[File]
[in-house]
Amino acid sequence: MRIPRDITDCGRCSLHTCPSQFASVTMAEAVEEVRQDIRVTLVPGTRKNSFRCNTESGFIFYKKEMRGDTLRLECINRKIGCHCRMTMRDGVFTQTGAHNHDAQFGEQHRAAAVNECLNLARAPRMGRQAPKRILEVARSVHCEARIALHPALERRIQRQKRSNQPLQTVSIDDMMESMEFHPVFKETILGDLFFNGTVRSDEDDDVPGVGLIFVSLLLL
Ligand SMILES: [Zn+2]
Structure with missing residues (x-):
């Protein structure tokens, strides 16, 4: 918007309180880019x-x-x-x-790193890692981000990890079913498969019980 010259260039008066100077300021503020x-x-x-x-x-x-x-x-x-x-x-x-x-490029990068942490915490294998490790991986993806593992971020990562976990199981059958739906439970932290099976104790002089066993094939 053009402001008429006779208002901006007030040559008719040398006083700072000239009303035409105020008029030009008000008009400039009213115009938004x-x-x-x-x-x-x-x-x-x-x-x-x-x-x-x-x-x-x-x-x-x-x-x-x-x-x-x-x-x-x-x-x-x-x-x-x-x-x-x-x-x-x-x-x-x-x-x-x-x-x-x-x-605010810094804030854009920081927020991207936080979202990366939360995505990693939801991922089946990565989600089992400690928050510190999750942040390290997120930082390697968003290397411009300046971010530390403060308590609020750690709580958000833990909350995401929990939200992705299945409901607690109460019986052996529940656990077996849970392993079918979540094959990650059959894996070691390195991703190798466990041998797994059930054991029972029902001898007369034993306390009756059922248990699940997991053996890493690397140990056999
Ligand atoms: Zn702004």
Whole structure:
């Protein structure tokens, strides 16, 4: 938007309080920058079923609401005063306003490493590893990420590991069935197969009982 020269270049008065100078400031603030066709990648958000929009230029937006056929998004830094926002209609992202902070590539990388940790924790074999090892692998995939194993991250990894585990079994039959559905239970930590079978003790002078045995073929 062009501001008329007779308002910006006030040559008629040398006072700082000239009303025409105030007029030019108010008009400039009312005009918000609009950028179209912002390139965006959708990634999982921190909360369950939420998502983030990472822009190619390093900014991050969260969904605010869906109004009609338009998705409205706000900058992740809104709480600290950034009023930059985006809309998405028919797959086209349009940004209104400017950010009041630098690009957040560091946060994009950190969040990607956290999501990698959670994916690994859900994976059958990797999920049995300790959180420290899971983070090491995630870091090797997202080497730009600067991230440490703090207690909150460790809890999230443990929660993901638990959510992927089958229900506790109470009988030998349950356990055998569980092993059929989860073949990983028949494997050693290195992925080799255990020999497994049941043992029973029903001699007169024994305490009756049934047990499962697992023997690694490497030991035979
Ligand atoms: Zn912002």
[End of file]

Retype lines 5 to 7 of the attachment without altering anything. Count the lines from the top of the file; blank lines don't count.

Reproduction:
């Protein structure tokens, strides 16, 4: 918007309180880019x-x-x-x-790193890692981000990890079913498969019980 010259260039008066100077300021503020x-x-x-x-x-x-x-x-x-x-x-x-x-490029990068942490915490294998490790991986993806593992971020990562976990199981059958739906439970932290099976104790002089066993094939 053009402001008429006779208002901006007030040559008719040398006083700072000239009303035409105020008029030009008000008009400039009213115009938004x-x-x-x-x-x-x-x-x-x-x-x-x-x-x-x-x-x-x-x-x-x-x-x-x-x-x-x-x-x-x-x-x-x-x-x-x-x-x-x-x-x-x-x-x-x-x-x-x-x-x-x-x-605010810094804030854009920081927020991207936080979202990366939360995505990693939801991922089946990565989600089992400690928050510190999750942040390290997120930082390697968003290397411009300046971010530390403060308590609020750690709580958000833990909350995401929990939200992705299945409901607690109460019986052996529940656990077996849970392993079918979540094959990650059959894996070691390195991703190798466990041998797994059930054991029972029902001898007369034993306390009756059922248990699940997991053996890493690397140990056999
Ligand atoms: Zn702004």
Whole structure: